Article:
Story: "Traditions need to evolve and grow or they die out"

Culinary discoveries in Valle di Muggio

Zincarlin had nearly been forgotten when Marialuce Valtulini gave the cheese a new lease of life. Four young men were distilling Ticino’s first gin in the meantime. Valle di Muggio in the southernmost...

It all started with four local friends who decided to make a gin of their own, and named it Bisbino. Valle di Muggio is a culinary stronghold – and it’s more than that. There’s great hiking to be had – just make sure to put some Gincarlin in your backpack…!


Marialuce Valtulini, Cheesemaker

Marialuce Valtulini, Cheesemaker
I’m stubborn when it comes to the ingredients for my cheese. I would never buy milk that came from another valley because that would change the identity of a zincarlin cheese.

Time seems to have stood still in the historic gardens of Sagno, an idyll all their own in Valle di Muggio. Plump tomatoes hang on the vines; a stone table awaits guests; a cat slips through the flowerbed.  

Martino Mombelli kneels in the garden where he grows the herbs for his gin: sniffing the verbena, inspecting the lemon balm. He hands us a stevia leaf to taste.   

Marialuce Valtulini, whom everyone calls “Luce” (Italian for light), stands next to him. The two met at the chestnut festival in autumn 2016. Martino Mombelli and his three friends Giona Meyer, Rupen Nacaroglu and Damiano Merzari had just launched Ticino’s first gin, which they called Gin Bisbino. 

For 12 months straight, they tinkered with the mixture of herbs in the gin – all organic, of course. The end result was a refined, very balanced gin. 

Gincarlin, Sagno

Although Luce had never tried gin before, she was an instant fan: “I love people with innovative ideas.”

Then, the next time she was kneading her zincarlin cheese into shape, it occurred to her to wonder, “Why don’t I try treating my cheese with gin instead of white wine?” 

Gincarlin was born.

Gincarlin is an ancient tradition that’s been interpreted in a new way – let’s call it zincarlin 2.0. Both products have a deep connection to Valle di Muggio.

A heritage cheese from Valle di Muggio, zincarlin might have died out had it not been for the efforts of Marialuce Valtulini and Associazione dei comuni del Generoso to revive the tradition. In 2005, she started producing the intensely-flavoured, cylinder-shaped cheese commercially in Salorino.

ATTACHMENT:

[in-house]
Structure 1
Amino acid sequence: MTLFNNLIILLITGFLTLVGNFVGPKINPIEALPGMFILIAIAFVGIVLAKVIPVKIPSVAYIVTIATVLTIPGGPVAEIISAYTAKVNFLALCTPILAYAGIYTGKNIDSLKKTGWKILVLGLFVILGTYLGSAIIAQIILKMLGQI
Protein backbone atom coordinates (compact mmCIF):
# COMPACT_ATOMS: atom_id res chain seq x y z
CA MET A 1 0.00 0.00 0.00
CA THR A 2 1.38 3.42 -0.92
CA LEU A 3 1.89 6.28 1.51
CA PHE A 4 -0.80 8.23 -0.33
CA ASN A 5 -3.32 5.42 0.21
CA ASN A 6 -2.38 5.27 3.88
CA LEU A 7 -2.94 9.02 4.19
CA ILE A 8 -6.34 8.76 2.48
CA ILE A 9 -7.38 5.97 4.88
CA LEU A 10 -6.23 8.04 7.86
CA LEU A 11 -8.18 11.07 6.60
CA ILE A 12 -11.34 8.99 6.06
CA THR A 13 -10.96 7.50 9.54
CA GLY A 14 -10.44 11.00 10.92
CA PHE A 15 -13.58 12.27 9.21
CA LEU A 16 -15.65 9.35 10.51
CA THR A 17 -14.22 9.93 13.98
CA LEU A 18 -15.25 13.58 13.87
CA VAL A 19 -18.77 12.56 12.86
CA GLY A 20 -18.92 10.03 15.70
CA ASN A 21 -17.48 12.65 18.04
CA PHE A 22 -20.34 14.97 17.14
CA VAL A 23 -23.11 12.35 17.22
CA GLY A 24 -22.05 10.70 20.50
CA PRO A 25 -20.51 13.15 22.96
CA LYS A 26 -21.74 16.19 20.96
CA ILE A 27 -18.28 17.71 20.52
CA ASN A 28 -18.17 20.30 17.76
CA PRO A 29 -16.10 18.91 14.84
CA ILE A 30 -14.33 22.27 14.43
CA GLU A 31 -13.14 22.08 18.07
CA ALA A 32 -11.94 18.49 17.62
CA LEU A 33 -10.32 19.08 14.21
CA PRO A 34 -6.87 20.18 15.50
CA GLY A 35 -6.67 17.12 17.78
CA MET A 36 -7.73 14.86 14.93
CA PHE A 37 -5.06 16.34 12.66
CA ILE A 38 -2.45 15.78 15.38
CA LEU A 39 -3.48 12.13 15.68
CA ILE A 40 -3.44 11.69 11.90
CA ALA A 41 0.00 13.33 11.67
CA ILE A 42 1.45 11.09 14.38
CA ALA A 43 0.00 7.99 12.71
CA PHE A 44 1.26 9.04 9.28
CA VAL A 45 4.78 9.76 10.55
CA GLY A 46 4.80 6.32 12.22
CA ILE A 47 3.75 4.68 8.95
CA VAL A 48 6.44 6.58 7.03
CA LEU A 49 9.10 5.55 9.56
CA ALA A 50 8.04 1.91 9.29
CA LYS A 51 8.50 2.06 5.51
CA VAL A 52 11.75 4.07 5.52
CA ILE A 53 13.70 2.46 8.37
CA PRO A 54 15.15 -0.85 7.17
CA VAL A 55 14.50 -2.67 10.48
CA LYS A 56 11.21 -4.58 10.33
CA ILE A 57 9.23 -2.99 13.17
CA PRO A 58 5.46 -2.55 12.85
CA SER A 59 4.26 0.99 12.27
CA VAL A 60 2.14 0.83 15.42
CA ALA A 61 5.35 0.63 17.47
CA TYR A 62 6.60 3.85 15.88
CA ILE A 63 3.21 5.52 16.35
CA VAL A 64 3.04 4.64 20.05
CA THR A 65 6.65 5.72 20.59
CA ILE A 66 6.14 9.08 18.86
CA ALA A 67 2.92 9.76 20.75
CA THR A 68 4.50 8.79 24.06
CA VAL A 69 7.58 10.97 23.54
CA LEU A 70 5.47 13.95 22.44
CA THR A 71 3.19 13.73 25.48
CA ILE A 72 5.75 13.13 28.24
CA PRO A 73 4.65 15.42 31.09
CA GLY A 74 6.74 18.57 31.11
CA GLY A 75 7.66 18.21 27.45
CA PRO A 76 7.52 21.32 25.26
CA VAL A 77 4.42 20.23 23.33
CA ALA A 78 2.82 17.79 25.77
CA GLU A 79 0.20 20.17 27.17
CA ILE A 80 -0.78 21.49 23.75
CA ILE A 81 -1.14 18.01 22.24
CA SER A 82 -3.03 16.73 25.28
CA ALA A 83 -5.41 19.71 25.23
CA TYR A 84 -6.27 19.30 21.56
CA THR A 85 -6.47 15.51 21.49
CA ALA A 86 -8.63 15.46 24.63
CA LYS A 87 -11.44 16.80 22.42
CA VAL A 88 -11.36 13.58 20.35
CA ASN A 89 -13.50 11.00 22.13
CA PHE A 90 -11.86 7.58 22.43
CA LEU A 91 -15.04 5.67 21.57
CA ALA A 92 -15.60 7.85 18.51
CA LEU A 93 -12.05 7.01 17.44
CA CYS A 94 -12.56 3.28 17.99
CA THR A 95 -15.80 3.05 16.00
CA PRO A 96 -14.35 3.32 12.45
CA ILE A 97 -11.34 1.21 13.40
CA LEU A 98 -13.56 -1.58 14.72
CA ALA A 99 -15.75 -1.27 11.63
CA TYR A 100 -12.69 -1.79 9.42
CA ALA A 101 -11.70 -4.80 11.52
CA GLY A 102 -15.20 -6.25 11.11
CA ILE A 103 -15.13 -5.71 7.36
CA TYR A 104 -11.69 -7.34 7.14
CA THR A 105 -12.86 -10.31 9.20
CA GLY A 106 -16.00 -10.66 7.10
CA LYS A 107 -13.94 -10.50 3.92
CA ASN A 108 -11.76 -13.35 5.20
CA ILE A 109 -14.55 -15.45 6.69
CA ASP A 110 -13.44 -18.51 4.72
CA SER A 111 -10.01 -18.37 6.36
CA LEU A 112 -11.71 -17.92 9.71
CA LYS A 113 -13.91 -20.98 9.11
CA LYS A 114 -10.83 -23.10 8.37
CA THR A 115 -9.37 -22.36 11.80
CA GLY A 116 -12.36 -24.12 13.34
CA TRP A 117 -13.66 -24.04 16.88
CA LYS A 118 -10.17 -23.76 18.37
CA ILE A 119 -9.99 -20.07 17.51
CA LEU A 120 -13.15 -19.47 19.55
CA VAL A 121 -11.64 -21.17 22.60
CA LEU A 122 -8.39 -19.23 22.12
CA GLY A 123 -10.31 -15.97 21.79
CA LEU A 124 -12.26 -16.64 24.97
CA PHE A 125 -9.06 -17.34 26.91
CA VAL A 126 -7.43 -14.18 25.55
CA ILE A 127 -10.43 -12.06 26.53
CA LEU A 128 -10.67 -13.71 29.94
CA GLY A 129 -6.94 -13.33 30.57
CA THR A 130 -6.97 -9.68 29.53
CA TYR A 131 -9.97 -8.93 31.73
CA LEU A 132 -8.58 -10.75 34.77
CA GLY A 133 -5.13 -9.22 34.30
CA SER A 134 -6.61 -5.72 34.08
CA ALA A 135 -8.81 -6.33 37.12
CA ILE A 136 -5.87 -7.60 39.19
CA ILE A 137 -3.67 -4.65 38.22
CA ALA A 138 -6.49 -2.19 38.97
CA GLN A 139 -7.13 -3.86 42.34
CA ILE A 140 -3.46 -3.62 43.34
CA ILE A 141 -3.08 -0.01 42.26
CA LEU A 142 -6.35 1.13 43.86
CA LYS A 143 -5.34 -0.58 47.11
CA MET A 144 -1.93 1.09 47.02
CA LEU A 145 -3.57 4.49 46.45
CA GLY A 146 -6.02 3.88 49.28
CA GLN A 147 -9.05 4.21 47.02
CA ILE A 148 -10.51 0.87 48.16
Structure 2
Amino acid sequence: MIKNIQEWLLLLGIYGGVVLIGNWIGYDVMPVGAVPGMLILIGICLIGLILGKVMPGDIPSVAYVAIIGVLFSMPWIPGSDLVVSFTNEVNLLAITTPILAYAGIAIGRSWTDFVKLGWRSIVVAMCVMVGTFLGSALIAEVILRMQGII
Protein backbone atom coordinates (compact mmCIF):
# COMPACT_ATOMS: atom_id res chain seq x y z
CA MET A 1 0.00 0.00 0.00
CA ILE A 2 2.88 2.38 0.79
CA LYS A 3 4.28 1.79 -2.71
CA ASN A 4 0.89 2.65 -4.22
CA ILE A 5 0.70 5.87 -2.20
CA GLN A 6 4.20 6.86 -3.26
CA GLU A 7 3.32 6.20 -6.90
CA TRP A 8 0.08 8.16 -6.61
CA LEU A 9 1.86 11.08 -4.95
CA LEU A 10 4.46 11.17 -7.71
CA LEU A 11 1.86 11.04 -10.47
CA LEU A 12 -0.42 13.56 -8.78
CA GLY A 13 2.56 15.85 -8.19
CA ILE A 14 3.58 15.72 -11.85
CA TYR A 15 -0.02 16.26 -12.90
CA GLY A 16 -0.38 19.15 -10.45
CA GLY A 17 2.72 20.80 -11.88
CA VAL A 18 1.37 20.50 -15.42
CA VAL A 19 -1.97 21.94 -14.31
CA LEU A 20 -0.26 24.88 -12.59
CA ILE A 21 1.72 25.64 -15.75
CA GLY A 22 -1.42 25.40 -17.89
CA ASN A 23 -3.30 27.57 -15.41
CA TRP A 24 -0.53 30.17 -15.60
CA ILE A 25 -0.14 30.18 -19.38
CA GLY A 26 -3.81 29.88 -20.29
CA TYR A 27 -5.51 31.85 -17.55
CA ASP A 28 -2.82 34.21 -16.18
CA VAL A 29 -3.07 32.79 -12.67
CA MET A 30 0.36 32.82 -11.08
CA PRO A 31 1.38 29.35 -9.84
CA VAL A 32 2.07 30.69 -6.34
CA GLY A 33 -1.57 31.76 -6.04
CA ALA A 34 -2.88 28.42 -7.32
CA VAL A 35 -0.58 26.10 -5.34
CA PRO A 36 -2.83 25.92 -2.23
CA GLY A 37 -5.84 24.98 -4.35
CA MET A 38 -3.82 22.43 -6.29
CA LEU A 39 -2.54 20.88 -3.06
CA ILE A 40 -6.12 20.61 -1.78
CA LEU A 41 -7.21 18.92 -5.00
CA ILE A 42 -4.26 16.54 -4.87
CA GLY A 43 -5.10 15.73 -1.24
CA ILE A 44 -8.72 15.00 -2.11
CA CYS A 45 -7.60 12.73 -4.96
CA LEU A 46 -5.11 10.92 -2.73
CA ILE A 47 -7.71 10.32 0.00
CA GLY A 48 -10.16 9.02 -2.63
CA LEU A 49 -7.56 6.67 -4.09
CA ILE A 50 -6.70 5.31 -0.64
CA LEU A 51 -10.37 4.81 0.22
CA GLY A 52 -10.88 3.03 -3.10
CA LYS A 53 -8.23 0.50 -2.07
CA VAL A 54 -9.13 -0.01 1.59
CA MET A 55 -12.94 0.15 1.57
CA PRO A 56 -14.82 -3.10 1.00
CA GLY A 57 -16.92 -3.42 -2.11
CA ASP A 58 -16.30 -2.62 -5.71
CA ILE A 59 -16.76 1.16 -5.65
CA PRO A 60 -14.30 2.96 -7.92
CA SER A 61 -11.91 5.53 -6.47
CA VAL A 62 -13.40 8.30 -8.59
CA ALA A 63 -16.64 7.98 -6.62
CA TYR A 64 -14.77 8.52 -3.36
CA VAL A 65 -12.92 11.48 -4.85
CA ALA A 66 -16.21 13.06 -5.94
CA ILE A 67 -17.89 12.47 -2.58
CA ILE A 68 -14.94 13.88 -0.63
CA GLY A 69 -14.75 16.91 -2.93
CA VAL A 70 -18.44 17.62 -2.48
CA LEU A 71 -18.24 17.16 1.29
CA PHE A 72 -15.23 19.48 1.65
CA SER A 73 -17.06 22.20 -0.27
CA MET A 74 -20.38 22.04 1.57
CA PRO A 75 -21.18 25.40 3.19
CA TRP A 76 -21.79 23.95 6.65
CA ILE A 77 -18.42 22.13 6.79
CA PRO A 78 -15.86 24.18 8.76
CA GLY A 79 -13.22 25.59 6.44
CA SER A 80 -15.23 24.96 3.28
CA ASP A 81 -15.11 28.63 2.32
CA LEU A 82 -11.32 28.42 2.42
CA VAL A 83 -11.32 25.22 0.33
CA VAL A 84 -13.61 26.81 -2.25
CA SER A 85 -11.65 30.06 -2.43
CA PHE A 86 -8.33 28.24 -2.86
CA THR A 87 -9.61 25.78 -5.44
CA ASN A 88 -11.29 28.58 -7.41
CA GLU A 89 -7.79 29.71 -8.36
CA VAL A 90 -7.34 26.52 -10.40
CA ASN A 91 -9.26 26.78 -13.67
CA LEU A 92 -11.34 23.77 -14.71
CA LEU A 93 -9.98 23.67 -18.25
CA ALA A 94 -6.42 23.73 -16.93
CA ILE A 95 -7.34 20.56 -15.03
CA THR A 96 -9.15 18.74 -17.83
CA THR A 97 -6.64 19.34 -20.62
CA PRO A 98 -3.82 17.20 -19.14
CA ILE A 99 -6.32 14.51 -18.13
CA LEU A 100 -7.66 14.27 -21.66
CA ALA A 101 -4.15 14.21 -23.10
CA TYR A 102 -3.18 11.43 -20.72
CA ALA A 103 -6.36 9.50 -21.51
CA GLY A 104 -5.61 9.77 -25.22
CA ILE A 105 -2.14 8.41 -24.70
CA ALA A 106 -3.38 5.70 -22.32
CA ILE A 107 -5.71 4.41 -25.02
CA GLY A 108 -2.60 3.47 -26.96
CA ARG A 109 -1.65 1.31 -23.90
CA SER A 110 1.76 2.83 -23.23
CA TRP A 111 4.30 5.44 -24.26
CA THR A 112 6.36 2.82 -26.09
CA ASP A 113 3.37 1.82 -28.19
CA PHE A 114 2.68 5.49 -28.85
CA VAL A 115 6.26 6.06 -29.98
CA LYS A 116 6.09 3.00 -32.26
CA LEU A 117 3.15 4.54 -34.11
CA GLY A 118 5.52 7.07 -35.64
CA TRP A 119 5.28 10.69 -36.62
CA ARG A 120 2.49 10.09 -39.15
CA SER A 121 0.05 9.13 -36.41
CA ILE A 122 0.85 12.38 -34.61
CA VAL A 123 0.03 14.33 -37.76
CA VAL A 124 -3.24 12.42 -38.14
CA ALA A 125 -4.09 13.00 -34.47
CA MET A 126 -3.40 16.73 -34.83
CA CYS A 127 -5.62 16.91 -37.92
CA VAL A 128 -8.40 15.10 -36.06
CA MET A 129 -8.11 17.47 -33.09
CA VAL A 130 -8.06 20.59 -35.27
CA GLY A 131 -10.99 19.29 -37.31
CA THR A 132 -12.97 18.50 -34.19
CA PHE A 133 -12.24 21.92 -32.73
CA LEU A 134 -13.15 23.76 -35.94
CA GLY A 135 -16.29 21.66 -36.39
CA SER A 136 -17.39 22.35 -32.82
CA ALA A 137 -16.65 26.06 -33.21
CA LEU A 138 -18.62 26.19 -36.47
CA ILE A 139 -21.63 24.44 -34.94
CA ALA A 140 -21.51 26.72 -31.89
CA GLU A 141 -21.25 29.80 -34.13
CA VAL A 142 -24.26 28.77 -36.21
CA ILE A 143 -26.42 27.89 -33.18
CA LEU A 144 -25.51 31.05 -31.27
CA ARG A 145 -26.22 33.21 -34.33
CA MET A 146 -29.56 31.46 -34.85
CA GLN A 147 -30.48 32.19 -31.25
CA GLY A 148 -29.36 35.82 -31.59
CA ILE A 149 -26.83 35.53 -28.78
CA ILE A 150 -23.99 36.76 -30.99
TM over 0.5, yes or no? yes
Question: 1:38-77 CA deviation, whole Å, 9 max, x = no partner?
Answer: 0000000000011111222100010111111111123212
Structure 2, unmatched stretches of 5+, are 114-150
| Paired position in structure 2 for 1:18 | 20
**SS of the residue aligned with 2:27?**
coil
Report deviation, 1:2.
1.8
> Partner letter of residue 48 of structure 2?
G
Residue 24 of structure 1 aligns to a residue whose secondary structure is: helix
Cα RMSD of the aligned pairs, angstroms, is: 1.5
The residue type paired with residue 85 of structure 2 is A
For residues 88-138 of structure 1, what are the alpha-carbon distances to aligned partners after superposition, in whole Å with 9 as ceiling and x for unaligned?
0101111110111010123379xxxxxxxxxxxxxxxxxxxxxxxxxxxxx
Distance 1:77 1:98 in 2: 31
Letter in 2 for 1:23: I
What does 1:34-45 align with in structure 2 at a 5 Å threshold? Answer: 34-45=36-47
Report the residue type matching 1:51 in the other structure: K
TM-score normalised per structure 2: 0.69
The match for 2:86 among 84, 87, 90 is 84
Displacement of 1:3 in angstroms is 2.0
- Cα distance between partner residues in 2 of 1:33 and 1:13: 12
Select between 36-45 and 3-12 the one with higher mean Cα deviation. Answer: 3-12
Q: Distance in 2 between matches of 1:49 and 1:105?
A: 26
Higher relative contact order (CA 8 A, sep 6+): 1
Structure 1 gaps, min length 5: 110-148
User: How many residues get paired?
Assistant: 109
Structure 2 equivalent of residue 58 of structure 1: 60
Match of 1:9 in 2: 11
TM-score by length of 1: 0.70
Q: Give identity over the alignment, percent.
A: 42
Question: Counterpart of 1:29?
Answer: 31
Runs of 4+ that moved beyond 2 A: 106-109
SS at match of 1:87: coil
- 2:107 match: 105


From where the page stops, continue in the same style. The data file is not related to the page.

Gincarlin, Sagno
Gincarlin, Sagno

To make Gincarlin the cheese is treated with Gin Bisbino instead of the white wine. Martino thought it was a great idea.

Gincarlin, Sagno
Gincarlin, Sagno
Pro tip
Gin Bisbino contains just seven herbs – but they’re the right ones. The name comes from Monte Bisbino, which offers good hiking.
Local retailers include Il Magnifico Borgo in Mendrisio (Via Industria 5). Gincarlin tastes especially nice in a risotto!
Every year in mid-October, Valle di Muggio puts on a chestnut festival. It’s a great chance to try the chestnut beer from the organic brand Terra Matta.

But purists might object to desecrating the traditional cheese with gin!
Marialuce Valtulini waves those objections away. “Traditions that don’t change with the times are doomed to die out eventually.”

Gincarlin, Sagno
Gincarlin, Sagno

Valle di Muggio is a culinary stronghold but there’s more to it than zincarlin cheese and Gin Bisbino.

Gincarlin, Sagno
Gincarlin, Sagno

“We love good food,” says Luce. 

Local delicacies include the finest chestnut and polenta flour, brasato with herbs, veal ragout with mushrooms and the famous formaggini. 

Martino Mombelli is taken by the peace and beauty of this region – it’s not for nothing that Valle di Muggio was named the most beautiful landscape in Switzerland in 2014.